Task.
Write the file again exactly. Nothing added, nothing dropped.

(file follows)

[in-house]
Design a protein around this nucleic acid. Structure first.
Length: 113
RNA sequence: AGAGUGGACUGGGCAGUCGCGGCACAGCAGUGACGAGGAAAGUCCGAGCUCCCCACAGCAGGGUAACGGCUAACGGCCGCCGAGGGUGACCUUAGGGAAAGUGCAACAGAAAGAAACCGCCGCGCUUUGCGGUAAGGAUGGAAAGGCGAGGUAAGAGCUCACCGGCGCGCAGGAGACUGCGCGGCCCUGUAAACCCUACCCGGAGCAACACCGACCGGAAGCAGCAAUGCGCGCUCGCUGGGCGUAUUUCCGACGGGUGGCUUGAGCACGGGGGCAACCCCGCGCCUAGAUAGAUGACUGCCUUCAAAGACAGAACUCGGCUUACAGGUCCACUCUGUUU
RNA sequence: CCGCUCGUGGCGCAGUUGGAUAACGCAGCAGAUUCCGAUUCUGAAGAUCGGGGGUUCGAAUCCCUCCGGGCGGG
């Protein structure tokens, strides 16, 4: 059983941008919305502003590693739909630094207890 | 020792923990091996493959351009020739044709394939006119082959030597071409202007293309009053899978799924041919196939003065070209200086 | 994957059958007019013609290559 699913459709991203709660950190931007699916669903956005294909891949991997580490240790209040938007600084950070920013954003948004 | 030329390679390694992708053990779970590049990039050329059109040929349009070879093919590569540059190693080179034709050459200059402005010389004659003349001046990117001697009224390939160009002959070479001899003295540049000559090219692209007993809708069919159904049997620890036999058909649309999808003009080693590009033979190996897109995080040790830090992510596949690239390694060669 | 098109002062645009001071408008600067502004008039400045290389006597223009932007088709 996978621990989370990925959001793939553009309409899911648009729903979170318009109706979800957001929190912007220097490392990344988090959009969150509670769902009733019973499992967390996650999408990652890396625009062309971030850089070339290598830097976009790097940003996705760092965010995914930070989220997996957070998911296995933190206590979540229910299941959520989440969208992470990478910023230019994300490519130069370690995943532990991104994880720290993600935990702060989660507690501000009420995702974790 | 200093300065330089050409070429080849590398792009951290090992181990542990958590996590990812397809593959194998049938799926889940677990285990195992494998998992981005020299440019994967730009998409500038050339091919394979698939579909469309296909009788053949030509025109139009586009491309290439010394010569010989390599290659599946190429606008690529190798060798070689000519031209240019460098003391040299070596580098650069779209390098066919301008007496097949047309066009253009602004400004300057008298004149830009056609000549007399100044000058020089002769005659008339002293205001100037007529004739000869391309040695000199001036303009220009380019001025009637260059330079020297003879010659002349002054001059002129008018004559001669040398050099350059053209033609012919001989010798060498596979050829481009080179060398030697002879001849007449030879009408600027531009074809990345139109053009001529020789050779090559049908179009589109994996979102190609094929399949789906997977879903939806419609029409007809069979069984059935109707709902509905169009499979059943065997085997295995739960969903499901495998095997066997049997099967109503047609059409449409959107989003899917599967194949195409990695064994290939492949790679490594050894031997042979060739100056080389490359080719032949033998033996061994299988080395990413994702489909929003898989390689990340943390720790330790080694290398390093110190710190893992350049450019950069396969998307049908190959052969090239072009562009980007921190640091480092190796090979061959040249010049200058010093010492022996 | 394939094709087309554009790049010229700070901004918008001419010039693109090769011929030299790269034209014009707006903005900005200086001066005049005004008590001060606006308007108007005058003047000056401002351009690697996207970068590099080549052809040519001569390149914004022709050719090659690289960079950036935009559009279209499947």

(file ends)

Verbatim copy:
[in-house]
Design a protein around this nucleic acid. Structure first.
Length: 113
RNA sequence: AGAGUGGACUGGGCAGUCGCGGCACAGCAGUGACGAGGAAAGUCCGAGCUCCCCACAGCAGGGUAACGGCUAACGGCCGCCGAGGGUGACCUUAGGGAAAGUGCAACAGAAAGAAACCGCCGCGCUUUGCGGUAAGGAUGGAAAGGCGAGGUAAGAGCUCACCGGCGCGCAGGAGACUGCGCGGCCCUGUAAACCCUACCCGGAGCAACACCGACCGGAAGCAGCAAUGCGCGCUCGCUGGGCGUAUUUCCGACGGGUGGCUUGAGCACGGGGGCAACCCCGCGCCUAGAUAGAUGACUGCCUUCAAAGACAGAACUCGGCUUACAGGUCCACUCUGUUU
RNA sequence: CCGCUCGUGGCGCAGUUGGAUAACGCAGCAGAUUCCGAUUCUGAAGAUCGGGGGUUCGAAUCCCUCCGGGCGGG
């Protein structure tokens, strides 16, 4: 059983941008919305502003590693739909630094207890 | 020792923990091996493959351009020739044709394939006119082959030597071409202007293309009053899978799924041919196939003065070209200086 | 994957059958007019013609290559 699913459709991203709660950190931007699916669903956005294909891949991997580490240790209040938007600084950070920013954003948004 | 030329390679390694992708053990779970590049990039050329059109040929349009070879093919590569540059190693080179034709050459200059402005010389004659003349001046990117001697009224390939160009002959070479001899003295540049000559090219692209007993809708069919159904049997620890036999058909649309999808003009080693590009033979190996897109995080040790830090992510596949690239390694060669 | 098109002062645009001071408008600067502004008039400045290389006597223009932007088709 996978621990989370990925959001793939553009309409899911648009729903979170318009109706979800957001929190912007220097490392990344988090959009969150509670769902009733019973499992967390996650999408990652890396625009062309971030850089070339290598830097976009790097940003996705760092965010995914930070989220997996957070998911296995933190206590979540229910299941959520989440969208992470990478910023230019994300490519130069370690995943532990991104994880720290993600935990702060989660507690501000009420995702974790 | 200093300065330089050409070429080849590398792009951290090992181990542990958590996590990812397809593959194998049938799926889940677990285990195992494998998992981005020299440019994967730009998409500038050339091919394979698939579909469309296909009788053949030509025109139009586009491309290439010394010569010989390599290659599946190429606008690529190798060798070689000519031209240019460098003391040299070596580098650069779209390098066919301008007496097949047309066009253009602004400004300057008298004149830009056609000549007399100044000058020089002769005659008339002293205001100037007529004739000869391309040695000199001036303009220009380019001025009637260059330079020297003879010659002349002054001059002129008018004559001669040398050099350059053209033609012919001989010798060498596979050829481009080179060398030697002879001849007449030879009408600027531009074809990345139109053009001529020789050779090559049908179009589109994996979102190609094929399949789906997977879903939806419609029409007809069979069984059935109707709902509905169009499979059943065997085997295995739960969903499901495998095997066997049997099967109503047609059409449409959107989003899917599967194949195409990695064994290939492949790679490594050894031997042979060739100056080389490359080719032949033998033996061994299988080395990413994702489909929003898989390689990340943390720790330790080694290398390093110190710190893992350049450019950069396969998307049908190959052969090239072009562009980007921190640091480092190796090979061959040249010049200058010093010492022996 | 394939094709087309554009790049010229700070901004918008001419010039693109090769011929030299790269034209014009707006903005900005200086001066005049005004008590001060606006308007108007005058003047000056401002351009690697996207970068590099080549052809040519001569390149914004022709050719090659690289960079950036935009559009279209499947």